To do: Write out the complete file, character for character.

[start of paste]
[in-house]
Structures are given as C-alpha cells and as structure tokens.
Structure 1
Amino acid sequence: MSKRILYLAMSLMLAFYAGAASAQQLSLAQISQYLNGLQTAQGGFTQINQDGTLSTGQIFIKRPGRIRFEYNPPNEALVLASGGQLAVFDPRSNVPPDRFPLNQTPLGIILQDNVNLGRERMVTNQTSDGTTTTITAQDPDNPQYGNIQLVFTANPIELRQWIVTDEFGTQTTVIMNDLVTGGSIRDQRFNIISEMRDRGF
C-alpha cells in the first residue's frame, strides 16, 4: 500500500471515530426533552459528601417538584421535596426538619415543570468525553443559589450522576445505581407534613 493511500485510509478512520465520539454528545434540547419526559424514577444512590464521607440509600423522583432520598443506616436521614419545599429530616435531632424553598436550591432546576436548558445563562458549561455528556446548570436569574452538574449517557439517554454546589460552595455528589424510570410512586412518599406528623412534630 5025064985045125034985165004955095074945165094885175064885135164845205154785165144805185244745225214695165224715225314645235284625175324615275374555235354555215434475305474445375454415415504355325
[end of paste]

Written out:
[in-house]
Structures are given as C-alpha cells and as structure tokens.
Structure 1
Amino acid sequence: MSKRILYLAMSLMLAFYAGAASAQQLSLAQISQYLNGLQTAQGGFTQINQDGTLSTGQIFIKRPGRIRFEYNPPNEALVLASGGQLAVFDPRSNVPPDRFPLNQTPLGIILQDNVNLGRERMVTNQTSDGTTTTITAQDPDNPQYGNIQLVFTANPIELRQWIVTDEFGTQTTVIMNDLVTGGSIRDQRFNIISEMRDRGF
C-alpha cells in the first residue's frame, strides 16, 4: 500500500471515530426533552459528601417538584421535596426538619415543570468525553443559589450522576445505581407534613 493511500485510509478512520465520539454528545434540547419526559424514577444512590464521607440509600423522583432520598443506616436521614419545599429530616435531632424553598436550591432546576436548558445563562458549561455528556446548570436569574452538574449517557439517554454546589460552595455528589424510570410512586412518599406528623412534630 5025064985045125034985165004955095074945165094885175064885135164845205154785165144805185244745225214695165224715225314645235284625175324615275374555235354555215434475305474445375454415415504355325